Henry III came to the throne aged just nine. A few days into his reign, important men around the young king issued a new version of Magna Carta to try to regain the barons’ support. When Henry reached 18 years old he reissued a greatly-revised version in his own name. This 1225 document was granted explicitly in return for a tax payment by the whole kingdom.

• How much of Magna Carta is relevant today?
The original Magna Carta had 63 clauses. A third of this text was either cut or rewritten for the 1225 version. Today, only three of the original 63 clauses remain on the statute books. Of these three survivors one defends the liberties and rights of the English Church, another confirms the liberties and customs of London and other towns, and the third gives all English subjects the right to justice and a fair trial.

There are some very good reasons the other 60 clauses have been dropped. Many are very specific to the Middle Ages – dealing with property ownership, the workings of the justice system, and taxes with no modern equivalent (“scutage” and “socage” anyone?)

Other clauses that we have dispensed with include a law banning fish weirs on rivers, the dismissal of specific individual royal servants, and the standardisation of weights and measures we do not use any more.

• How important is that clause about justice and a fair trial?
It is incredibly important today, but it was buried deep in the original document and made very little splash in 1215. Part of its success is its adaptability to all sorts of situations throughout the centuries.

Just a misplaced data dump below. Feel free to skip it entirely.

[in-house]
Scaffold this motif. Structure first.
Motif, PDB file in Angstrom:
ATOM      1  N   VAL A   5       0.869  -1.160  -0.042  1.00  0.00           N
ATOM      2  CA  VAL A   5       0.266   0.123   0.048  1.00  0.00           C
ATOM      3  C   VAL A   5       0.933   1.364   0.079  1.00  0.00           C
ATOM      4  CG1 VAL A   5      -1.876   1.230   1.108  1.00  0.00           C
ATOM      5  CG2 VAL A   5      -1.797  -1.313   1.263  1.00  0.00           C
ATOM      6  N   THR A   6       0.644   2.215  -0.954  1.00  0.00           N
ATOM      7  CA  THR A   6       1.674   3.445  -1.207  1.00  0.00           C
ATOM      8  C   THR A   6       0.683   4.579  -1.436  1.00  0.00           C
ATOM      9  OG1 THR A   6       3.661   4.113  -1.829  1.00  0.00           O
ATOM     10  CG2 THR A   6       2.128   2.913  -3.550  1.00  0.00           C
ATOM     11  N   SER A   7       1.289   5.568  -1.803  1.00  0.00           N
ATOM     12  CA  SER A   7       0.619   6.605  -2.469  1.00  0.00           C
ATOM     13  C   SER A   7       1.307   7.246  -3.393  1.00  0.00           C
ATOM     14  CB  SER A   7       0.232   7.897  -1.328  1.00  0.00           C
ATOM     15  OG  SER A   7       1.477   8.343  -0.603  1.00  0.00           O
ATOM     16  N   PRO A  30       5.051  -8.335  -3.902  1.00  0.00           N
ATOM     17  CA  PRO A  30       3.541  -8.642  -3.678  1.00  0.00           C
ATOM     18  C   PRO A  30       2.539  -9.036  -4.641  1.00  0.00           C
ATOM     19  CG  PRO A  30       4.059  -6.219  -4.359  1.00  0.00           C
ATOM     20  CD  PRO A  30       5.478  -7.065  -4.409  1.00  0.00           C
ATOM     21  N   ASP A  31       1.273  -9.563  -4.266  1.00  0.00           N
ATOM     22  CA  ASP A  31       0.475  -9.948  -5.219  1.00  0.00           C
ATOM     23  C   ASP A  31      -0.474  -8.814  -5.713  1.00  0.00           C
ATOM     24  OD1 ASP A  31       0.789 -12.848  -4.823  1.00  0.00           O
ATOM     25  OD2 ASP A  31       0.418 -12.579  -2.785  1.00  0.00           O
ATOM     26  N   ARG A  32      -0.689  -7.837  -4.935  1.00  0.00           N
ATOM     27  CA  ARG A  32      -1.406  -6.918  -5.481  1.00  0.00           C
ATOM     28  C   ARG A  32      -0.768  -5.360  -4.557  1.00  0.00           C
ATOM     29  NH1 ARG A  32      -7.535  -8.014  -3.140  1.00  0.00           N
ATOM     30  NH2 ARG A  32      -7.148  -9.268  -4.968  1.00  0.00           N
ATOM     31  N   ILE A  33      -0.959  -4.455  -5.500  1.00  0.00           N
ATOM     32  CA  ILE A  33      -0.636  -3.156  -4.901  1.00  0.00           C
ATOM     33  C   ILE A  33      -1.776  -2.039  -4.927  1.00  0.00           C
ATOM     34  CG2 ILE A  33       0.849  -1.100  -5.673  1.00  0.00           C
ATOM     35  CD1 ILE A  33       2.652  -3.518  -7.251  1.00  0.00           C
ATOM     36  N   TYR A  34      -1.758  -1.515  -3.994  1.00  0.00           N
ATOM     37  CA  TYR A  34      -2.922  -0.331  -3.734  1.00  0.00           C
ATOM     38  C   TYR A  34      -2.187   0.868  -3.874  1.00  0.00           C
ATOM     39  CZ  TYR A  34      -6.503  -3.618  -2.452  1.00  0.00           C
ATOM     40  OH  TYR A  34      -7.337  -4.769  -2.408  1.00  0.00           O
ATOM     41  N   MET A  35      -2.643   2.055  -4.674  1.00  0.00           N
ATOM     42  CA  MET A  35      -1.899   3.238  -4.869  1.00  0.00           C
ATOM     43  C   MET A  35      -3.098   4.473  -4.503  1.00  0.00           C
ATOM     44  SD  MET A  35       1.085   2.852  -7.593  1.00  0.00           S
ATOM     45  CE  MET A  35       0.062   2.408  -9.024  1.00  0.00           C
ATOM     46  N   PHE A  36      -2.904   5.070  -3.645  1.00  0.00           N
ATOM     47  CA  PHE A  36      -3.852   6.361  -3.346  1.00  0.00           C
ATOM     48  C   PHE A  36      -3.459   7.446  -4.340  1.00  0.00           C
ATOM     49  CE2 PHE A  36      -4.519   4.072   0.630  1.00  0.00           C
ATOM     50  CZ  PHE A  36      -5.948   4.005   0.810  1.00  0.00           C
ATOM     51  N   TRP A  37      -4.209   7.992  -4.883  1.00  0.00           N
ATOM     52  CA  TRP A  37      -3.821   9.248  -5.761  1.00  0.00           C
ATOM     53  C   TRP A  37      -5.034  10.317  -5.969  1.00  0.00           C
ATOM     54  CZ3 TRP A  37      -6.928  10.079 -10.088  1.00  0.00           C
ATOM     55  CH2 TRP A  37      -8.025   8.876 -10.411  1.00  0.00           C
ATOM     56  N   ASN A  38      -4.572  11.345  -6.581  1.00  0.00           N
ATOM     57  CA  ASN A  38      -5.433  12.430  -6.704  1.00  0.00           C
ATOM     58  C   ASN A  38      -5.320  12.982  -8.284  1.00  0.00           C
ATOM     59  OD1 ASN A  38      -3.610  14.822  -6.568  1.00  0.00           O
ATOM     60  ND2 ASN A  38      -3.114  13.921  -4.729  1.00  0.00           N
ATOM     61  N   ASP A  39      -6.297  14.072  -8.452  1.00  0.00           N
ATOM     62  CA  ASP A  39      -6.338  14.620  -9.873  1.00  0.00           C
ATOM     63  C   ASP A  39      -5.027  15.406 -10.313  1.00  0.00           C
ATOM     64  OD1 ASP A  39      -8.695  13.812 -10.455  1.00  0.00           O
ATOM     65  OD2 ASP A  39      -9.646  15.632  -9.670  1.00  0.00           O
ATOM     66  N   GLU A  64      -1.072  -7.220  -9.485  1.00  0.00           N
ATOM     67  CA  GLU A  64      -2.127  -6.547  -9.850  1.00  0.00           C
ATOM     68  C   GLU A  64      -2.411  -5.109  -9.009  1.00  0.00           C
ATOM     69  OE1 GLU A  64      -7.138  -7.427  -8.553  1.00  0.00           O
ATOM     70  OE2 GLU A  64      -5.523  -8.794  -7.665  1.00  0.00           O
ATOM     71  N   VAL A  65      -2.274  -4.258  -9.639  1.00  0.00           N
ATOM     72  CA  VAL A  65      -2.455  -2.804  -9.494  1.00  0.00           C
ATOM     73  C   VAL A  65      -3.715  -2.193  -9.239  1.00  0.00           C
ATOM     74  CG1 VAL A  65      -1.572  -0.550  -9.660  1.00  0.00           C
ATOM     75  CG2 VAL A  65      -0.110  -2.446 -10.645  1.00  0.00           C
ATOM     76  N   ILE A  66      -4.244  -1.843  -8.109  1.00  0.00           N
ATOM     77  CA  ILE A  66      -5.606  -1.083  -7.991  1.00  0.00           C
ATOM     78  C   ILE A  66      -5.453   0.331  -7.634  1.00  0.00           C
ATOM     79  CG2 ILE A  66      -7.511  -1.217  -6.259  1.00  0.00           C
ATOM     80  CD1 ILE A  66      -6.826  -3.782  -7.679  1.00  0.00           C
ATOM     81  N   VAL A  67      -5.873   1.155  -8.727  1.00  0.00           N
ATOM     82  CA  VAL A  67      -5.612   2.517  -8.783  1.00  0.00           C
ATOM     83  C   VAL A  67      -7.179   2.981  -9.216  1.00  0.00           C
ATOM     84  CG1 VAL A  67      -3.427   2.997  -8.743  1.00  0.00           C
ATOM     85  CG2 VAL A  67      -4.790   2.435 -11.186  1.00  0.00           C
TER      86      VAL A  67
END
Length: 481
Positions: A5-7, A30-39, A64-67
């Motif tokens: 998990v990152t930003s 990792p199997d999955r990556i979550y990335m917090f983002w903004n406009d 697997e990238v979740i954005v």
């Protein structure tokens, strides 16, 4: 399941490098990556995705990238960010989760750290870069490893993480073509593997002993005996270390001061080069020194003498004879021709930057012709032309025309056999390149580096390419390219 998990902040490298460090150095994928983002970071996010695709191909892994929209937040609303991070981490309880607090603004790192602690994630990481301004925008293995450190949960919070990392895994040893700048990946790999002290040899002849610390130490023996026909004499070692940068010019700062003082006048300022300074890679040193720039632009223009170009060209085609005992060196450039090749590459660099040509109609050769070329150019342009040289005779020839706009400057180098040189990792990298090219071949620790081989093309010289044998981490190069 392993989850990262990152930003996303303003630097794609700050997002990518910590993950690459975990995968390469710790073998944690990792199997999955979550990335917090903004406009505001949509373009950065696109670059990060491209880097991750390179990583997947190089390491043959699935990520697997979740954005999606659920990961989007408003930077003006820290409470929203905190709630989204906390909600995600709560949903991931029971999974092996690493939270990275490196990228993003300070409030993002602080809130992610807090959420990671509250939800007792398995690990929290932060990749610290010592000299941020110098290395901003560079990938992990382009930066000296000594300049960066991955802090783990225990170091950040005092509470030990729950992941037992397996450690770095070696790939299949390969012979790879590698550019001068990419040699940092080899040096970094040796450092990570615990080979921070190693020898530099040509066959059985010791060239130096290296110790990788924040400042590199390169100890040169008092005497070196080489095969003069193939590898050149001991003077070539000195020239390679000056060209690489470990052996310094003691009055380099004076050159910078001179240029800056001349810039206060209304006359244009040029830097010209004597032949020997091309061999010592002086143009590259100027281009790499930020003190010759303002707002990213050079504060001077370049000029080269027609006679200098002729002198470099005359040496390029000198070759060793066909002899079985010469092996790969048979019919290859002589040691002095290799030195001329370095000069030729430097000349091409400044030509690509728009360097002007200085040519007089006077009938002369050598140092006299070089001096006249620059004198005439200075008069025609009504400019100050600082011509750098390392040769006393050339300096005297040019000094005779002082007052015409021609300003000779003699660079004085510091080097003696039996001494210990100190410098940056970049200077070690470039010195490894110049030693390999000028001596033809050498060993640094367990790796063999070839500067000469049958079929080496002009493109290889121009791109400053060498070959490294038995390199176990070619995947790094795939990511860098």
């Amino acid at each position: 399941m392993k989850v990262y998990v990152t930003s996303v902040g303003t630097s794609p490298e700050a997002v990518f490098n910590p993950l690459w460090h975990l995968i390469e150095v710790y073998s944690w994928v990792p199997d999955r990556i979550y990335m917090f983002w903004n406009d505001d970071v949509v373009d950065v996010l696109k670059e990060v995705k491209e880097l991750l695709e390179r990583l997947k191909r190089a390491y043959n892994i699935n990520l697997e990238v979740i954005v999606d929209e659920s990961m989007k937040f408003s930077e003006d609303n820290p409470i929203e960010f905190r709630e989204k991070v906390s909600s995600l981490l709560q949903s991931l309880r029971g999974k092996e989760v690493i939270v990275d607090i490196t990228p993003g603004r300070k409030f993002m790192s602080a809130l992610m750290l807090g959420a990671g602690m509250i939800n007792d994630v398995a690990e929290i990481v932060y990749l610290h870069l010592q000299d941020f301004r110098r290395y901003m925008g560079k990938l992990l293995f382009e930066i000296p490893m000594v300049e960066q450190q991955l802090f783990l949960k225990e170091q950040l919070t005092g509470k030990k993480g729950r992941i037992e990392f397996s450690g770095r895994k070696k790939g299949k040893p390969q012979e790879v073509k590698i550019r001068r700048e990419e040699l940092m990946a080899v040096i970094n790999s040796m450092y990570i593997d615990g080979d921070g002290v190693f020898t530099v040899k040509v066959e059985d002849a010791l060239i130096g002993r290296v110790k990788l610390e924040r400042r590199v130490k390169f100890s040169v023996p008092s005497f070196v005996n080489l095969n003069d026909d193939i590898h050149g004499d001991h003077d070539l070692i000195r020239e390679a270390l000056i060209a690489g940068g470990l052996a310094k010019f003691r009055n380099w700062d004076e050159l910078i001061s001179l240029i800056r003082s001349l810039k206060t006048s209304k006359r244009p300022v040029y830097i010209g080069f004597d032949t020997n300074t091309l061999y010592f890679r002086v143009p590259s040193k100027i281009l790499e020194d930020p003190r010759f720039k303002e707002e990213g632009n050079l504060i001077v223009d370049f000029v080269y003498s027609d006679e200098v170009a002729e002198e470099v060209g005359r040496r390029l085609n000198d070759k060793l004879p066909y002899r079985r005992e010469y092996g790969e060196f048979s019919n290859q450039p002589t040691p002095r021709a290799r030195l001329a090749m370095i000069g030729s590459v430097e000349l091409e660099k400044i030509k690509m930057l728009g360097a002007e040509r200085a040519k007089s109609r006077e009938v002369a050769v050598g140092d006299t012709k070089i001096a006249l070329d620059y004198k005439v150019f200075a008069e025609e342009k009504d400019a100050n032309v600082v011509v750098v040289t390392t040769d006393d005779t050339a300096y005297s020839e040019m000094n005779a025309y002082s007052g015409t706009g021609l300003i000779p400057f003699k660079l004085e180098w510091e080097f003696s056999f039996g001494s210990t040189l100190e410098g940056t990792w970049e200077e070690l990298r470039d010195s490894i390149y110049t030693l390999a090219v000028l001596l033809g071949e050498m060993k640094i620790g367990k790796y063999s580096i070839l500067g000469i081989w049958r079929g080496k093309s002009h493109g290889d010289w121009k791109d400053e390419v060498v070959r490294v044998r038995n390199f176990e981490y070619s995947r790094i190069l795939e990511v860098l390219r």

If you were wondering what the actual text was, here it is (translated into modern English of course):

No free man shall be seized or imprisoned, or stripped of his rights or possessions, or outlawed or exiled, or deprived of his standing in any other way, nor will we proceed with force against him, or send others to do so, except by the lawful judgement of his equals or by the law of the land. To no-one will we sell, to no-one deny or delay right or justice.”

That basically means the law belongs to everyone, not just the powerful. It is the bedrock of our society today.

• When has Magna Carta been used throughout the centuries?
In 1265 – just 40 years after Henry III’s final reissuing of Magna Carta – the relationship between the promises made by the king and the granting of taxation paved the way for the first English Parliament.

In the next century, Parliament interpreted Magna Carta as a right to a fair trial for all subjects.
During the Stuart period, and particularly in the English Civil War, Magna Carta was used to restrain the power of monarchs (at a time when monarchs on the continent were supremely powerful).
There are strong influences from Magna Carta in the American Bill of Rights (written in 1791). To this day there is a 1297 copy in the National Archives in Washington DC.

Even more recently, we can see the basic principles of Magna Carta very clearly in the Universal Declaration of Human Rights – penned in 1948 just after the Second World War.

When King John stuck his seal on that parchment eight centuries ago, he could not possibly have known the magnitude of what he was doing.